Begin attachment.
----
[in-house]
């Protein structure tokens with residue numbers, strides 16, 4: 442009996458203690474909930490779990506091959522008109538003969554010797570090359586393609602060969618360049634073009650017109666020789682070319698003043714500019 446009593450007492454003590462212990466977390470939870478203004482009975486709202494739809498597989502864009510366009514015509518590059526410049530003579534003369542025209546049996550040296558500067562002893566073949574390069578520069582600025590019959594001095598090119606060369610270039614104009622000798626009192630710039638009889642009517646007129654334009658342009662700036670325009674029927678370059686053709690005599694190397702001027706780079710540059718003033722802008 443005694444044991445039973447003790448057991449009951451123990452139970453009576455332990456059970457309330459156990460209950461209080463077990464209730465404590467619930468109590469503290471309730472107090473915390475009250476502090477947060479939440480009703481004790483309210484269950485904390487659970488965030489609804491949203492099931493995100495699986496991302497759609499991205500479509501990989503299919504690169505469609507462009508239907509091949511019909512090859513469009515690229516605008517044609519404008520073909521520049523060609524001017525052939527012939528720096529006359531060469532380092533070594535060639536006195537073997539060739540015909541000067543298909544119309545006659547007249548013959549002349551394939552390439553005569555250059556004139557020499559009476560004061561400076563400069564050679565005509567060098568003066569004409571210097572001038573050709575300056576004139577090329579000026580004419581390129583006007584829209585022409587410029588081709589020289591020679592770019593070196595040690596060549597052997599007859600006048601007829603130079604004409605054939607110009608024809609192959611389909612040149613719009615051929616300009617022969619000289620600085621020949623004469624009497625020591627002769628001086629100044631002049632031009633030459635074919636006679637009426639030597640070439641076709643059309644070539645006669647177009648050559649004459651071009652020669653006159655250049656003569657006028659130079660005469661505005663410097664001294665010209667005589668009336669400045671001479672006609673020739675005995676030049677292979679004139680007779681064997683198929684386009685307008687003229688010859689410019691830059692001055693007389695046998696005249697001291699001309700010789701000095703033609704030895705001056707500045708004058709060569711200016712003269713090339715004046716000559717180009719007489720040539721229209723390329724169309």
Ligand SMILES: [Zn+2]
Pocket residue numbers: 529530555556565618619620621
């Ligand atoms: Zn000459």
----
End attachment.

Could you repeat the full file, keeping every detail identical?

[in-house]
């Protein structure tokens with residue numbers, strides 16, 4: 442009996458203690474909930490779990506091959522008109538003969554010797570090359586393609602060969618360049634073009650017109666020789682070319698003043714500019 446009593450007492454003590462212990466977390470939870478203004482009975486709202494739809498597989502864009510366009514015509518590059526410049530003579534003369542025209546049996550040296558500067562002893566073949574390069578520069582600025590019959594001095598090119606060369610270039614104009622000798626009192630710039638009889642009517646007129654334009658342009662700036670325009674029927678370059686053709690005599694190397702001027706780079710540059718003033722802008 443005694444044991445039973447003790448057991449009951451123990452139970453009576455332990456059970457309330459156990460209950461209080463077990464209730465404590467619930468109590469503290471309730472107090473915390475009250476502090477947060479939440480009703481004790483309210484269950485904390487659970488965030489609804491949203492099931493995100495699986496991302497759609499991205500479509501990989503299919504690169505469609507462009508239907509091949511019909512090859513469009515690229516605008517044609519404008520073909521520049523060609524001017525052939527012939528720096529006359531060469532380092533070594535060639536006195537073997539060739540015909541000067543298909544119309545006659547007249548013959549002349551394939552390439553005569555250059556004139557020499559009476560004061561400076563400069564050679565005509567060098568003066569004409571210097572001038573050709575300056576004139577090329579000026580004419581390129583006007584829209585022409587410029588081709589020289591020679592770019593070196595040690596060549597052997599007859600006048601007829603130079604004409605054939607110009608024809609192959611389909612040149613719009615051929616300009617022969619000289620600085621020949623004469624009497625020591627002769628001086629100044631002049632031009633030459635074919636006679637009426639030597640070439641076709643059309644070539645006669647177009648050559649004459651071009652020669653006159655250049656003569657006028659130079660005469661505005663410097664001294665010209667005589668009336669400045671001479672006609673020739675005995676030049677292979679004139680007779681064997683198929684386009685307008687003229688010859689410019691830059692001055693007389695046998696005249697001291699001309700010789701000095703033609704030895705001056707500045708004058709060569711200016712003269713090339715004046716000559717180009719007489720040539721229209723390329724169309």
Ligand SMILES: [Zn+2]
Pocket residue numbers: 529530555556565618619620621
């Ligand atoms: Zn000459």